GENEVA—The United Nations’ human rights office is finalizing its assessment of the situation in China’s Xinjiang region, where Uyghurs are alleged to have been unlawfully detained, mistreated, and forced to work, a spokesperson said on Friday.
Rupert Colville said that the office of U.N. High Commissioner for Human Rights Michelle Bachelet hoped to publish its report in the coming weeks and that there had been “no concrete progress” in long-running talks with Chinese officials on a proposed visit.
Earlier on Friday, an unofficial British-based tribunal of lawyers and campaigners said Chinese leader Xi Jinping bore primary responsibility for what it said was genocide, crimes against humanity, and torture of Uyghurs and members of other minorities in the Xinjiang region. The Chinese regime dismissed the tribunal, which has no powers of sanction or enforcement, as a “farce”.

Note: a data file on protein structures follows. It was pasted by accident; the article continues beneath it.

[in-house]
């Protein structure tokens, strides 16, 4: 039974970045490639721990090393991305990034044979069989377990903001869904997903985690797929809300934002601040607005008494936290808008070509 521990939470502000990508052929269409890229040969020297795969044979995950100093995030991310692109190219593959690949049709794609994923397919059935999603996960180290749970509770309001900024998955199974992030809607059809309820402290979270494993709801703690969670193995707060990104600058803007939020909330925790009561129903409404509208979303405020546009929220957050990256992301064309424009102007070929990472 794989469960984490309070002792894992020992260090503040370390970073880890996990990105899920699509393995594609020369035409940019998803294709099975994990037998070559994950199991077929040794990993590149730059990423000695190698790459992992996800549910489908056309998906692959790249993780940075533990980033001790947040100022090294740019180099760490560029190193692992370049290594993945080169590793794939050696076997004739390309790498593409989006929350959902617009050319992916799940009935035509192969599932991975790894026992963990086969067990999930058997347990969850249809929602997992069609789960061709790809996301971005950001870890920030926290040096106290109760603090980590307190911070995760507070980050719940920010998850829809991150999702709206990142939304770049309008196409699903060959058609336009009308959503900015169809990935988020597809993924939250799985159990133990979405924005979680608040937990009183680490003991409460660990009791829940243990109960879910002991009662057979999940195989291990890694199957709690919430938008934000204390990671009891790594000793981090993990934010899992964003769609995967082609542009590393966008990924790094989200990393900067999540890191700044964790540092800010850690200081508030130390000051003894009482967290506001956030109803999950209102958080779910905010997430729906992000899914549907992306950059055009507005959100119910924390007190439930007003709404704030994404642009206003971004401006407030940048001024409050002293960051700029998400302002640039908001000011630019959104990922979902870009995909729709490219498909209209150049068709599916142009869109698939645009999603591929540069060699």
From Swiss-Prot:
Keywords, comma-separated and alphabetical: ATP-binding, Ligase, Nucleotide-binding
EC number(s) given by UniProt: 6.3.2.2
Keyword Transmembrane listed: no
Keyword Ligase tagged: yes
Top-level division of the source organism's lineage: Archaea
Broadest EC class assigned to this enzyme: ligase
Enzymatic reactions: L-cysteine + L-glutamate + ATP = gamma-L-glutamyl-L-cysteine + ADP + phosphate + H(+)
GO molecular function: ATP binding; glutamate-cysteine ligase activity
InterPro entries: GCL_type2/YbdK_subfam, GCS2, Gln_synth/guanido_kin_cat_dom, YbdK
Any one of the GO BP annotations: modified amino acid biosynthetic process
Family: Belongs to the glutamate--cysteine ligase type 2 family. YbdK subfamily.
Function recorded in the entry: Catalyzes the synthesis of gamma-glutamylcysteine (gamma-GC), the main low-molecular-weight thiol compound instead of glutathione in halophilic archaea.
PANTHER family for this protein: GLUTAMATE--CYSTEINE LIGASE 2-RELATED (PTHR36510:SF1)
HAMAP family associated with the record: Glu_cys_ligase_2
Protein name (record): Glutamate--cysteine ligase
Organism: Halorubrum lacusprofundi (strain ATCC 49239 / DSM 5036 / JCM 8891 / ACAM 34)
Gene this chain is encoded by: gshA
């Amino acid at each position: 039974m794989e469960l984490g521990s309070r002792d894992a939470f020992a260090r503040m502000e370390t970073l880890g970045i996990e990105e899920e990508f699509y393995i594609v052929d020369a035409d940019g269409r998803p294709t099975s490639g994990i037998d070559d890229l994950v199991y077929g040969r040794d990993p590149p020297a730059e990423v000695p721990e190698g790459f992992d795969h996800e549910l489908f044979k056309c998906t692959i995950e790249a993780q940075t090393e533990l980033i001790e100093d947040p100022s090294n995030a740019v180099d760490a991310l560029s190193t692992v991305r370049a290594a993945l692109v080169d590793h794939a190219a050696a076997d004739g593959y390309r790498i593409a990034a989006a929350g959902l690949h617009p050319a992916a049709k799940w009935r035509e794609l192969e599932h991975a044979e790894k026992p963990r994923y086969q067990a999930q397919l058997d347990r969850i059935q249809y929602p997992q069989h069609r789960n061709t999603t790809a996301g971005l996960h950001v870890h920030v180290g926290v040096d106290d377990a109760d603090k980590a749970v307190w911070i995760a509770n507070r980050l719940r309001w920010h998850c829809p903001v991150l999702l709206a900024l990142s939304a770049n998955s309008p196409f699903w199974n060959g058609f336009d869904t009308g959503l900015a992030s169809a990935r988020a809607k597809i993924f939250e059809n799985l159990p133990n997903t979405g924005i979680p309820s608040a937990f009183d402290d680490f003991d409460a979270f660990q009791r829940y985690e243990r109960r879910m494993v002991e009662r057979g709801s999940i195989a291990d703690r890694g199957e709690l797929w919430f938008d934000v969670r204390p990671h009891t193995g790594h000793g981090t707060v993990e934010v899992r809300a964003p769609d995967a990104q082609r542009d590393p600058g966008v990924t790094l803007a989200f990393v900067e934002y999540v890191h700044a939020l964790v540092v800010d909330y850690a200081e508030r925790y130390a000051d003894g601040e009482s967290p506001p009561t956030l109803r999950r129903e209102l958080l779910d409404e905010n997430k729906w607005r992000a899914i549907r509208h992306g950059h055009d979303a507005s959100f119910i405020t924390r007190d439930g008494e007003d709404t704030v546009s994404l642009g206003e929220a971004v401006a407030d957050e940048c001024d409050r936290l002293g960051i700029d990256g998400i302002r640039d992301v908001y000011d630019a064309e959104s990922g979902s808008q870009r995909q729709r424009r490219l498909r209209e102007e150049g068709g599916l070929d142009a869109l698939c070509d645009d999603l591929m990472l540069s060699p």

“The Uyghurs tribunal has brought to light more information that is deeply disturbing in relation to the treatment of Uyghurs and other Muslim ethnic minorities in Xinjiang,” Colville told a U.N. briefing in Geneva.
“We have of course similarly identified patterns of arbitrary detention and ill-treatment in institutions, coercive labour practices and erosion of social and cultural rights in general,” he said.
There was no immediate response from China’s mission to the U.N. in Geneva to a request for comment.
In June, Bachelet publicly suggested a timeline for a visit, which she has been negotiating the terms of since Sept. 2018.
Her findings need to be shared with the Chinese regime before they could be made public, Colville said, adding he hoped that would in be a matter of weeks.
Asked about diplomatic boycotts of the Beijing Winter Olympics in February, announced by the United States, Australia, Britain, and Canada, Colville declined comment saying: “I don’t think it would be really fruitful for us to get into that.”